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This article is part of the supplement: Twentieth Annual Computational Neuroscience Meeting: CNS*2011

Open Access Poster presentation

A computational model of interconnected basal ganglia-thalamocortical loops for goal directed action sequences

Jennifer M Lewis*, Jonathan M Chambers, Peter Redgrave and Kevin Gurney

Author Affiliations

Department of Psychology, University of Sheffield, Sheffield, S10 2TN, UK

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BMC Neuroscience 2011, 12(Suppl 1):P136  doi:10.1186/1471-2202-12-S1-P136

The electronic version of this article is the complete one and can be found online at: http://www.biomedcentral.com/1471-2202/12/S1/P136


Published:18 July 2011

© 2011 Lewis et al; licensee BioMed Central Ltd.

This is an open access article distributed under the terms of the Creative Commons Attribution License (http://creativecommons.org/licenses/by/2.0), which permits unrestricted use, distribution, and reproduction in any medium, provided the original work is properly cited.

Poster presentation

The basal ganglia (BG) are a group of subcortical nuclei which are believed to be involved in mediating action selection [1]. They are arranged in a series of topographically organised anatomical ‘loops,’ receiving input from large regions of cortex, and projecting back to the same cortical regions via thalamus. These basal ganglia-thalamocortical (BGTC) loops are widely accepted to be largely segregated. However, increasing anatomical evidence suggests that while this general topography holds, there is significant interconnectivity between loops [2]. This results in a predominantly hierarchical flow of information from regions of cortex and BG associated with motivational processing, through cognitive, and finally to motor regions. This organisation suggests a mechanism by which goal related and contextual information may bias processing in circuits associated with motor actions.

We present a model of two BGTC loops which exploits this inter-loop connectivity to integrate several types of information required for the production of goal directed action sequences. An ‘associative loop’ comprising prefrontal cortex (PFC) and its corresponding regions of BG receives information regarding the current goal. By integrating this with stored knowledge of a relevant goal directed action sequence, the loop forms a unique, self-sustaining representation of the temporal task context which indicates the current stage in the ongoing task. A lower ‘motor loop’ is responsible for action selection based on affordance information regarding the objects in the environment available to it. Processing in this loop is influenced by the contextual representation in PFC via corticostriatal connectivity linking the two loops. Under reinforcement learning, these projections adopt the appropriate connectivity to successfully bias contextually appropriate action selection in the motor loop. Changes to the environment as a result of the action selected by the model initiate new representations in PFC, subsequently biasing further action selection, and thereby generating sequential behaviours. The self sustaining nature of prefrontal representations allows the model to function with phasic, rather than sustained feedback signals regarding the action just performed.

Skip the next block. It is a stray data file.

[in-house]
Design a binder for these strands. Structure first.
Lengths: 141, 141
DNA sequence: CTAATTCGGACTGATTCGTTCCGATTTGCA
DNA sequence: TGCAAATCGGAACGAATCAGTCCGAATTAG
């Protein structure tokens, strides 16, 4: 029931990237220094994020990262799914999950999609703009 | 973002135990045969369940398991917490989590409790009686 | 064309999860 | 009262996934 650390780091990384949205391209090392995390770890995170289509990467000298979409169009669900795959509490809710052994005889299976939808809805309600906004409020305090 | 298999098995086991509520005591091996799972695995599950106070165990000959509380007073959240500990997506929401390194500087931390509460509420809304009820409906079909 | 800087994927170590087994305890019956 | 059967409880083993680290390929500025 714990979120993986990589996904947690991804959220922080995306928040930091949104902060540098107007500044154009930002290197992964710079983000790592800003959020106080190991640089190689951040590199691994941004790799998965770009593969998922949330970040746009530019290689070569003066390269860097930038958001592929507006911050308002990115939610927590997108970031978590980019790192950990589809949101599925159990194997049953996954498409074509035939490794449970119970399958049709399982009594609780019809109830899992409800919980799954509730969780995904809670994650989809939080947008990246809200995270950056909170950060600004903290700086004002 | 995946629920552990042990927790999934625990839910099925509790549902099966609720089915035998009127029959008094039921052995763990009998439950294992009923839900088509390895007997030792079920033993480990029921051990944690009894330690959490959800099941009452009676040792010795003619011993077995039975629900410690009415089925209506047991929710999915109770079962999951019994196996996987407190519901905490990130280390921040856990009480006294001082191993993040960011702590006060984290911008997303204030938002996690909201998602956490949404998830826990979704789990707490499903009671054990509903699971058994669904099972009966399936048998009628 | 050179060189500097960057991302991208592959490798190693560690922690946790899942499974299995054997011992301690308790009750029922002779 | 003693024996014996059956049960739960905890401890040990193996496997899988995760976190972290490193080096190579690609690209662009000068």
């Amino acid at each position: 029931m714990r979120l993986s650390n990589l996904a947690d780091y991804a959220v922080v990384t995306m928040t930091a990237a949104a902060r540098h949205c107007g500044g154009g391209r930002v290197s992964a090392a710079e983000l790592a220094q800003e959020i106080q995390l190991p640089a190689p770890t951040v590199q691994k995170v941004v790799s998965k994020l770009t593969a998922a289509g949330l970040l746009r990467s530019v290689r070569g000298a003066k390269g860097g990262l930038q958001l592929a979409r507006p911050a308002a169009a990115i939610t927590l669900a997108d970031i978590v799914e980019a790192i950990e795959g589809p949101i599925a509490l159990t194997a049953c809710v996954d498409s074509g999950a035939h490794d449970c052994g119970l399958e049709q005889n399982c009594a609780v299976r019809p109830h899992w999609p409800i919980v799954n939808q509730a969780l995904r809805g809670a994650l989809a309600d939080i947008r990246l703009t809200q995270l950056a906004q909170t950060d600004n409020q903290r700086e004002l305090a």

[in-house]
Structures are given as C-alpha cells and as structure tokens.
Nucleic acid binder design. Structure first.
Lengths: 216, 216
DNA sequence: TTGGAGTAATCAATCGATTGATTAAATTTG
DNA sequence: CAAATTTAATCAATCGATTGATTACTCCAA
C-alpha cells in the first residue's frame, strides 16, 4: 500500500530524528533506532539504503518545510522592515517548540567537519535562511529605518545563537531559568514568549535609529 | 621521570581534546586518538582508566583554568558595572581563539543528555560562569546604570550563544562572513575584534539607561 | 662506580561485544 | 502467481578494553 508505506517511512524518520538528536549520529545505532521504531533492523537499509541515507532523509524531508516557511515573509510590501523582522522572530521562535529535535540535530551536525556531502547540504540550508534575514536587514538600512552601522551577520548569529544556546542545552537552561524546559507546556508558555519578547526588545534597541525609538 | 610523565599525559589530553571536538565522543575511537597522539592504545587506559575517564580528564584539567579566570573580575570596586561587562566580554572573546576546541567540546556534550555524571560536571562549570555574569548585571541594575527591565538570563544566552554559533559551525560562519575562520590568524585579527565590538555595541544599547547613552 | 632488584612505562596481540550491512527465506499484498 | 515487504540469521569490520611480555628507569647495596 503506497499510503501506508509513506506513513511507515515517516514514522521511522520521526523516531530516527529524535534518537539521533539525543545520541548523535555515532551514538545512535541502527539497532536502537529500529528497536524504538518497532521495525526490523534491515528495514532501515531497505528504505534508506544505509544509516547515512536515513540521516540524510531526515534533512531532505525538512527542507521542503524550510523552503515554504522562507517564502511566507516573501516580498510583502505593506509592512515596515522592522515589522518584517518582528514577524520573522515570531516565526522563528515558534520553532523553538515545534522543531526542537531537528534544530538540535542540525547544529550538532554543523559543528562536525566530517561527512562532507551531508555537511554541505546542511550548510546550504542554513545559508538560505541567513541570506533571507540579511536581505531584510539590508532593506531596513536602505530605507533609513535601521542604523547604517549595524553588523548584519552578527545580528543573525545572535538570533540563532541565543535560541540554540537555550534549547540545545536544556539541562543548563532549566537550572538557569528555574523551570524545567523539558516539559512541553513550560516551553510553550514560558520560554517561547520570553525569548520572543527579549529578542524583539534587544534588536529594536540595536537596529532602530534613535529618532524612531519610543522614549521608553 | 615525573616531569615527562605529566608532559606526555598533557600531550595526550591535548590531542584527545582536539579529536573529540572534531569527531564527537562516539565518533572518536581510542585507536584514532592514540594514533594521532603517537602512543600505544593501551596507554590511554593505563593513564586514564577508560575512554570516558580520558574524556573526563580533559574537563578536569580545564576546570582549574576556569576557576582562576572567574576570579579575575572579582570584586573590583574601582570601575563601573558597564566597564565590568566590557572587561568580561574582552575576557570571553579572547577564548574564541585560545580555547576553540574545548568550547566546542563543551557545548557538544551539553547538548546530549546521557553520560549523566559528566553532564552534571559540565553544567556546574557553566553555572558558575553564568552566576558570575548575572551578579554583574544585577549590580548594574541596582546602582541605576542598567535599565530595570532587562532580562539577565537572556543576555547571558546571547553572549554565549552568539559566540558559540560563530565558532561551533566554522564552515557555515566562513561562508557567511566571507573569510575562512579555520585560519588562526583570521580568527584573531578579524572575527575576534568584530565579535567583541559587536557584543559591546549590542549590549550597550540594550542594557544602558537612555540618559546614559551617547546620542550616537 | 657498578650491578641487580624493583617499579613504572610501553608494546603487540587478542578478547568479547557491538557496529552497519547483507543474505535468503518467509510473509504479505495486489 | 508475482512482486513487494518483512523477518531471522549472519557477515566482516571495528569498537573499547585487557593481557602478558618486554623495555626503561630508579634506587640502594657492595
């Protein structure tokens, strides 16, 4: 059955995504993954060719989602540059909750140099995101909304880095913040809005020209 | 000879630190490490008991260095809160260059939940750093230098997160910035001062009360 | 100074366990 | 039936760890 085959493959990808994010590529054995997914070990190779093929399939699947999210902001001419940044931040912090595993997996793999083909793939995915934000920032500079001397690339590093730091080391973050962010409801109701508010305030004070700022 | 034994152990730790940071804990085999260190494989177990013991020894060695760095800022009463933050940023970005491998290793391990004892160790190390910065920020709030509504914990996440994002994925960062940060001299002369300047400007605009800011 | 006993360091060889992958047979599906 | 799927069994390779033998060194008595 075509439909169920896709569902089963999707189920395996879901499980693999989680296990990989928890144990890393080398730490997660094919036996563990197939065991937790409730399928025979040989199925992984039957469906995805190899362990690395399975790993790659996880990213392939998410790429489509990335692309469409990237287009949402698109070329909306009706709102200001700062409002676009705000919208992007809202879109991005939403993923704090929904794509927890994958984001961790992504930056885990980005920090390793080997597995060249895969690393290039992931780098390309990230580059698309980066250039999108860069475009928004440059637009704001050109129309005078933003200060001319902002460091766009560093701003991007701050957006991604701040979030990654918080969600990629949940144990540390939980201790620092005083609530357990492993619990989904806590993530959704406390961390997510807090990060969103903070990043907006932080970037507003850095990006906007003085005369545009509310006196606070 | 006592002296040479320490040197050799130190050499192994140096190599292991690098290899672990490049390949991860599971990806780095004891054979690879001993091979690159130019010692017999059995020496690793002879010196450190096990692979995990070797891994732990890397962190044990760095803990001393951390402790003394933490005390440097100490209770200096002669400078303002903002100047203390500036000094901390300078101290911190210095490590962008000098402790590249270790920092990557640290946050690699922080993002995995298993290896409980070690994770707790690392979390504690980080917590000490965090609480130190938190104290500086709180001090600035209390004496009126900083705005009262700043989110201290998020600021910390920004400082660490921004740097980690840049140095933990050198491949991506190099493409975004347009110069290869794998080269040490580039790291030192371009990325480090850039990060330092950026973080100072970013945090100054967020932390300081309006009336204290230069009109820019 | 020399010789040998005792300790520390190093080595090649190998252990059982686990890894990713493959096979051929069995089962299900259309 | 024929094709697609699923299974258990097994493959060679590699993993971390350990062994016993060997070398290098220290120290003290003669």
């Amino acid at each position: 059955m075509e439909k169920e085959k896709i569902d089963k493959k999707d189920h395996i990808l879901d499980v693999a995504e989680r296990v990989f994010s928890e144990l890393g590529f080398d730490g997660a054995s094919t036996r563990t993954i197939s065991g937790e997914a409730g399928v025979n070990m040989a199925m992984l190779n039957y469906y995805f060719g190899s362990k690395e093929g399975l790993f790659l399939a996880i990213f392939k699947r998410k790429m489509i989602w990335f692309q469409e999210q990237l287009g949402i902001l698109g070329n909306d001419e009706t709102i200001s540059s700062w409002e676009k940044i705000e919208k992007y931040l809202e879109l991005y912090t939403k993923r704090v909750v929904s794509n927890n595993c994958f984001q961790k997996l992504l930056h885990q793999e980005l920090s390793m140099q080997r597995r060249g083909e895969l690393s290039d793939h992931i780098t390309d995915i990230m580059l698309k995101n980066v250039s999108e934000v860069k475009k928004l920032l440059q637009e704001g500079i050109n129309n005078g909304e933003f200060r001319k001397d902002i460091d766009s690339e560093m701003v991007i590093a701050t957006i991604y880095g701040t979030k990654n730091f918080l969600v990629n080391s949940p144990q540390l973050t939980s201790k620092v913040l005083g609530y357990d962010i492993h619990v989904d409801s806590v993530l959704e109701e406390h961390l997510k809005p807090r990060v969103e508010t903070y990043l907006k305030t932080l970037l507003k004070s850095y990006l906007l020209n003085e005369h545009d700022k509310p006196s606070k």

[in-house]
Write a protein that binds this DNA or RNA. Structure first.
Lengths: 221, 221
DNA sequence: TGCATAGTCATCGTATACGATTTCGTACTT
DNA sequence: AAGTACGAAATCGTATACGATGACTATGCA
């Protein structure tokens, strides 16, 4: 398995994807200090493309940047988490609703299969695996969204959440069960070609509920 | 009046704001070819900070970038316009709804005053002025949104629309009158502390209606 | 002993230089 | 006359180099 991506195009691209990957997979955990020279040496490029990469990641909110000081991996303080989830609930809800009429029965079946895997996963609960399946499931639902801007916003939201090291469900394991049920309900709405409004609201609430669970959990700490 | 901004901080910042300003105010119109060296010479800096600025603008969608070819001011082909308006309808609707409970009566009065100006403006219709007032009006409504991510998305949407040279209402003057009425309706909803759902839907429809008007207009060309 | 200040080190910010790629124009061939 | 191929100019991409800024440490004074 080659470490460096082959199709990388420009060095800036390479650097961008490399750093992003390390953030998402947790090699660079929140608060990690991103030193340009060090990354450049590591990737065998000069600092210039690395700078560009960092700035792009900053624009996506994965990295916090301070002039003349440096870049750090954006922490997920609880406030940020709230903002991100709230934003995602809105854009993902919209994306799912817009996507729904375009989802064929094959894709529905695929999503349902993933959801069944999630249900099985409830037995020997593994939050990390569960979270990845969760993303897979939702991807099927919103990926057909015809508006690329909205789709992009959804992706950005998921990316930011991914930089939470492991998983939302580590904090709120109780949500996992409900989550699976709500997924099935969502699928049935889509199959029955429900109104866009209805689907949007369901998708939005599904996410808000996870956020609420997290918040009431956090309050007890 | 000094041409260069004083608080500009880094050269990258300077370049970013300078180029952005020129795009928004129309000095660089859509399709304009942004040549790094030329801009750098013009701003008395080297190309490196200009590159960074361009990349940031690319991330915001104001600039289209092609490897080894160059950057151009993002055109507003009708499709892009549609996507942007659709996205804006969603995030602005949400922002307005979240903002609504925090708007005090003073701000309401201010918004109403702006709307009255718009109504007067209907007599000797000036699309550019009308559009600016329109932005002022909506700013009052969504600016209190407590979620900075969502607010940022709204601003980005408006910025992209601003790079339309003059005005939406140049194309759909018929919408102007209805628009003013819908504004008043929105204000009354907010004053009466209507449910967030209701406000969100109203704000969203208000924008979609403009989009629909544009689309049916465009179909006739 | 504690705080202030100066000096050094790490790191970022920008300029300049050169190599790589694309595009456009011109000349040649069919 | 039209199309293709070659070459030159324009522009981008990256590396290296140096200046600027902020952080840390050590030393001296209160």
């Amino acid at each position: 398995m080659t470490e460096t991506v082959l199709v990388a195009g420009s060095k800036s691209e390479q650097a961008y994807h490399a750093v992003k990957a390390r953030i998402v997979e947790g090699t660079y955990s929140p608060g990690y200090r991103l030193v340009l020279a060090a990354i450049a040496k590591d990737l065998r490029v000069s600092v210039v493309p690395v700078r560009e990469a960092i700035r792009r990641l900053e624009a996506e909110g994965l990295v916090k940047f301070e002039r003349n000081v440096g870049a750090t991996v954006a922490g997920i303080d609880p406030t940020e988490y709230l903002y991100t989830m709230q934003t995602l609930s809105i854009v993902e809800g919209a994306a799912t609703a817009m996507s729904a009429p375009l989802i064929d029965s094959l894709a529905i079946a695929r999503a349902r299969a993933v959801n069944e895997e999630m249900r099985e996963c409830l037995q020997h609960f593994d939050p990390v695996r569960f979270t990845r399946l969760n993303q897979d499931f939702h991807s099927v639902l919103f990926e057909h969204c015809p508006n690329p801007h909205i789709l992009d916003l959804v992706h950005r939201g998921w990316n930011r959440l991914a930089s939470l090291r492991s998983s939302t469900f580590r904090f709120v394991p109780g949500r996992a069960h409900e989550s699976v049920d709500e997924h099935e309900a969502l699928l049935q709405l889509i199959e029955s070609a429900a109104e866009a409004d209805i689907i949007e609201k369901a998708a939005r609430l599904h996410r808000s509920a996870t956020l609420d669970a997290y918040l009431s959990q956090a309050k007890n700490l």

Four actions – A, B, C and D – are available for selection. The extended sequences ABACAC and ADCACAC are required to achieve goals 1 and 2, respectively. The model is able to consistently execute the required sequences. These results indicate the utility of the BGTC architecture in generating flexible behaviours, in which component actions may be recruited: i) towards multiple goals; ii) as part of distinct sequences; iii) independently of the action just performed; and iv) multiple times in a single sequence. Observed action switching times of approximately 200ms are comparable with existing primate behavioural and neurophysiological data [3], and are an emergent property of the biologically constrained time constants and architecture employed. These results have significant implications for the proposed integrative function of BGTC interconnectivity, and its role in organising sophisticated, contextually appropriate action selection.

Acknowledgements

We would like to thank the EPSRC for the generous funding of this research.

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